What Can Neuroscience Teach Us About Presenting?

From the Steve Jobs Theater in Cupertino came last week’s product launch presentation about the most recent updates to the Apple family of products. This recurring event dates back to when Jobs himself led the presentations, clad in a pair of jeans and a black turtleneck top. Last week it was a two-hour multi-media event, opening with a great “Mission Impossible”-inspired video sequence, complete with the classic TV show’s memorable theme music.

Tim Cook, CEO of Apple, batted leadoff and emceed. While he’s clearly not a natural speaker like Jobs was, he has worked hard, rehearsed his speech extensively, and the improvement was evident. He has learned to vary his tone and volume, take deep breaths, incorporate seamless gestures, and add energy to his style. In his effort to try to use more of the stage, however, he often falls into the habit of pacing back and forth in front of his slides, a habit that makes him look a bit like a nervous zoo animal in a small cage.

In the wake of this launch, an article from the Inc. Magazine website (by Carmine Gallo) tells us how Apple followed the ten-minute rule inspired by the fundamentals of neuroscience in planning this event, changing from speakers to videos to new speakers in relatively short increments. These fundamentals suggest that a speaker must re-engage an audience at minimum once every ten minutes. The article points out that no single Apple presenter remained on stage for more than ten minutes throughout the program. The article reminds us that “the brain gets bored easily” and warns speakers not to “give your listeners a chance to get bored.”

We agree. This idea of mixing things up and adding variety is an important way to keep your audience engaged and interested. Change your approach, show a video, introduce a new speaker, take questions or otherwise adjust your format often to keep people listening.

But don’t expect these regular changes alone to hold audience attention, particularly if these attempts at re-engagement are boring. Too many changes can make a presentation choppy, uneven, or even inconsistent, and if you watch the entire Apple product launch on September 12, you’ll notice some weak spots. For example, they had NBA Hall-of-Famer Steve Nash as co-presenter for a new basketball training app that he has helped create for the iPhone. It was cool—and even unexpected—to see Nash on stage, but his style was flat and uninspiring.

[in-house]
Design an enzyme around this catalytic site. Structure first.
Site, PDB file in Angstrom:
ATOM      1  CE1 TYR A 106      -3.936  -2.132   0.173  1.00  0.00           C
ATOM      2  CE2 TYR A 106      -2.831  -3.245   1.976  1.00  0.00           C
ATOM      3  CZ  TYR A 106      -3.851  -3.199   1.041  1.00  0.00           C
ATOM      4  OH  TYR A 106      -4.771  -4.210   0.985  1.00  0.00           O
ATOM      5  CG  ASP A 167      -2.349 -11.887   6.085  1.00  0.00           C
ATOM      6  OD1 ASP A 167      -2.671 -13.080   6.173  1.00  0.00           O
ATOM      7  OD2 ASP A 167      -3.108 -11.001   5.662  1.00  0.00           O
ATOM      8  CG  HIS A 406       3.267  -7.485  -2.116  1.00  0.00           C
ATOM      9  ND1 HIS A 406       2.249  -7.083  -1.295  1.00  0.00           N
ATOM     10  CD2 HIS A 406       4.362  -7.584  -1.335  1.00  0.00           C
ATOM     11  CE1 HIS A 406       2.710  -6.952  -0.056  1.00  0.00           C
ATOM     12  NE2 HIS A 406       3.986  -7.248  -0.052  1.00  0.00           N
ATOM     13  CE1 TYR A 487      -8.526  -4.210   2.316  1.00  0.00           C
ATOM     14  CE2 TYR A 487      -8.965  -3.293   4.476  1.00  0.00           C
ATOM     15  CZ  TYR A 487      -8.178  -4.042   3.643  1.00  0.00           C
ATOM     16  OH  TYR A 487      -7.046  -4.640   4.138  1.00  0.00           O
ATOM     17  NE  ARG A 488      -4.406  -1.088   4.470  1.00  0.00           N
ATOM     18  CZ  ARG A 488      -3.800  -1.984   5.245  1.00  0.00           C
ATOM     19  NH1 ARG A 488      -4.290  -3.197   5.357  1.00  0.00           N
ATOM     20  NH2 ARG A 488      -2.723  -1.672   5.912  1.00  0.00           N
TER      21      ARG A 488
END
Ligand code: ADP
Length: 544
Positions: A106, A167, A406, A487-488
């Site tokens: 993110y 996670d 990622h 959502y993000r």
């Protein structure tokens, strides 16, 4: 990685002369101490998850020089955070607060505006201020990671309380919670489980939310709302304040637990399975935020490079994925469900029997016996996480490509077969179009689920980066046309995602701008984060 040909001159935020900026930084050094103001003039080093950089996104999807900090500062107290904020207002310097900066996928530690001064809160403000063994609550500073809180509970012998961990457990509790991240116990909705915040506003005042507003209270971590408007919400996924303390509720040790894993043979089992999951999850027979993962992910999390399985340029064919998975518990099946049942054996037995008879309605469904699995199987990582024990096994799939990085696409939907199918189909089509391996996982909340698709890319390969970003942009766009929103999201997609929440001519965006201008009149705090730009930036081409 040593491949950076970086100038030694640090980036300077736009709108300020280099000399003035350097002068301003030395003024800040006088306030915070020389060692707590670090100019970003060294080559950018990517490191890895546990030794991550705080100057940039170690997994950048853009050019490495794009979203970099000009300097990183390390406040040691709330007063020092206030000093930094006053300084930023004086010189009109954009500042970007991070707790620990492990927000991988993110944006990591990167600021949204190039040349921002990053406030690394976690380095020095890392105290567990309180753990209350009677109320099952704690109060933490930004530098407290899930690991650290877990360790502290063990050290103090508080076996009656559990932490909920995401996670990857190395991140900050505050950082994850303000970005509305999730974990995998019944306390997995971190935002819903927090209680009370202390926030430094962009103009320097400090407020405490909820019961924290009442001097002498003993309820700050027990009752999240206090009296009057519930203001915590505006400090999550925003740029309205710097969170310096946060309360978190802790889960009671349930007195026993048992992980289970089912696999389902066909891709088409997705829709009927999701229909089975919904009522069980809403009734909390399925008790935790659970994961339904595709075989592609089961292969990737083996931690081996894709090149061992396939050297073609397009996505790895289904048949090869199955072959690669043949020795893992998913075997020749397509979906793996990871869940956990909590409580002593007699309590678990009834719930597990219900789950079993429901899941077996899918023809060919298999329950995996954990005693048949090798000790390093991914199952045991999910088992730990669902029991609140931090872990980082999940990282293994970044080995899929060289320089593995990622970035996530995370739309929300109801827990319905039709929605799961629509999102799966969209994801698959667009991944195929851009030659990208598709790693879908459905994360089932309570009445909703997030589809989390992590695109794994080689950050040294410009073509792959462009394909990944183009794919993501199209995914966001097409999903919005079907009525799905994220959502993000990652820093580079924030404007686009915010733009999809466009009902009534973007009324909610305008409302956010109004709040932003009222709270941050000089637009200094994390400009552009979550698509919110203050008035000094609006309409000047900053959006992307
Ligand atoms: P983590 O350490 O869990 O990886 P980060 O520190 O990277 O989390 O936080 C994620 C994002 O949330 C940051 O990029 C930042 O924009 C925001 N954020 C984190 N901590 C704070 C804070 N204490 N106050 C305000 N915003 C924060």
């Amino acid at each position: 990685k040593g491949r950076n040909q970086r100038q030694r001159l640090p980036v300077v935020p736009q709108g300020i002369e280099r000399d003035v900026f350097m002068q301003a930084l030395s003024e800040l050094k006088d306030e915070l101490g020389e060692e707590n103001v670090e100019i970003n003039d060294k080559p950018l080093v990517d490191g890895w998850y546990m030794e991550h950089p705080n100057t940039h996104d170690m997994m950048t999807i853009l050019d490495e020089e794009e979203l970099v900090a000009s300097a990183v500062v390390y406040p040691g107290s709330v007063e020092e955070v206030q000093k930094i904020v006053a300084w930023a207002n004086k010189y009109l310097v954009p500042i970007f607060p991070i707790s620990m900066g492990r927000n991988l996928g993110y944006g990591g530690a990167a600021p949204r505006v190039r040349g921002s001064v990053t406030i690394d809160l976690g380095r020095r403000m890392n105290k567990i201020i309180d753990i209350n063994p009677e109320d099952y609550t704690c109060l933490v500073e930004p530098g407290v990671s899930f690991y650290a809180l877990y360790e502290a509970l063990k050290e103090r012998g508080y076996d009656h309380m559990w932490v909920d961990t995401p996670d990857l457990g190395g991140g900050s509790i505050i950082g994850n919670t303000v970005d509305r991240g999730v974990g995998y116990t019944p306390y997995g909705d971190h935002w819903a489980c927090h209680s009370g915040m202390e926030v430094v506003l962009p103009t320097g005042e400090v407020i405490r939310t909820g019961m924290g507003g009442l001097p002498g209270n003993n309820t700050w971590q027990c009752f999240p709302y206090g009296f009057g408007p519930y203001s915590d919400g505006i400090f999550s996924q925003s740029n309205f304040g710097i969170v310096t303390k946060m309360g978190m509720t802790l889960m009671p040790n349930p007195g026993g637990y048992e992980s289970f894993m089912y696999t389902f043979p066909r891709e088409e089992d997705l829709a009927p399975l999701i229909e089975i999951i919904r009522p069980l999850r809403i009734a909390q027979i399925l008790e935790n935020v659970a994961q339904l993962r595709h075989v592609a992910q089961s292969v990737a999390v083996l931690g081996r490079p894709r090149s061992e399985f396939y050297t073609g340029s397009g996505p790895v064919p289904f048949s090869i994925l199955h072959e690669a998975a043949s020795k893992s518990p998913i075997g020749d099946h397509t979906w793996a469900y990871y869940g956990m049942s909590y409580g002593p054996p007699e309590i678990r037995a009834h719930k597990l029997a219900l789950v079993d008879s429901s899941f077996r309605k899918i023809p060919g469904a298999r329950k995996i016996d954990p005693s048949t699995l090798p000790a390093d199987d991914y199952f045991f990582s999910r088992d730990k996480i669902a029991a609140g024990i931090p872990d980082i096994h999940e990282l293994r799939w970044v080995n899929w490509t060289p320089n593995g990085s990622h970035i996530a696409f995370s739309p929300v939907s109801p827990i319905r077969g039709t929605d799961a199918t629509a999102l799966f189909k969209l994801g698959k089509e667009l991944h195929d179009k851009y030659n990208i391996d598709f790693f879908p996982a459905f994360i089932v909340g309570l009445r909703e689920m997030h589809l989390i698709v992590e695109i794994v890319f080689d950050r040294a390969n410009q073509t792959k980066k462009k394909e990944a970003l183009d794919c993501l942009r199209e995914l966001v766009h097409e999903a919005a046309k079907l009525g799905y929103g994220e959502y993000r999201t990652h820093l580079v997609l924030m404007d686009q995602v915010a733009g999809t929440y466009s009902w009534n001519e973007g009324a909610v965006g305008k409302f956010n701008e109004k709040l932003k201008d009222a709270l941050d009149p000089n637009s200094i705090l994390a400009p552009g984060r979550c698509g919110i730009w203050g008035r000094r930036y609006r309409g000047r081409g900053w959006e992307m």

As a speaker, keep the goal in mind: you’re not looking to simply change your approach, you’re looking to engage your audience. If you’re thinking about implementing the fundamentals of neuroscience into your next series of presentations, be sure not to ignore the fundamentals of public speaking. Here are few do’s and don’ts for you to consider:

Don’t choose speakers just because their position or credentials indicate that they should be invited to speak. Reporters who sit through press conferences often indicate that they disengage when conference planners give everyone a chance to speak regardless of whether they add a valuable perspective to the news topic.

Do use a variety of transitions from segment to segment. Apple used videos and introductions quite well throughout its event.

Do include exciting and surprising perspectives from people with good presentation skills. Avoid the C-suite if they will slow down the program—be open to including customers, front-line employees and others, as long as they know how to hold your audience’s attention.

Don’t speak any longer than you have to. Less is more, and shorter is sweeter. Avoid any tendencies to “kill time.” Remember, Apple has been doing this for years. The media looks forward to it, the stock market watches carefully, news has already been strategically leaked, and the audience is filled with proven Apple fans, of which there are many. They have earned the right to put on a long program. Most companies, however, have not earned that right.

By all means, use variety to keep your audience listening. But don’t forget to pack your program with great speakers who will give them good reasons to re-engage every ten minutes or so. Boring segments will always be boring, no matter how short they are.

 Click here to read the Inc. Magazine article.

Click here to watch the entire Apple 2018 event.

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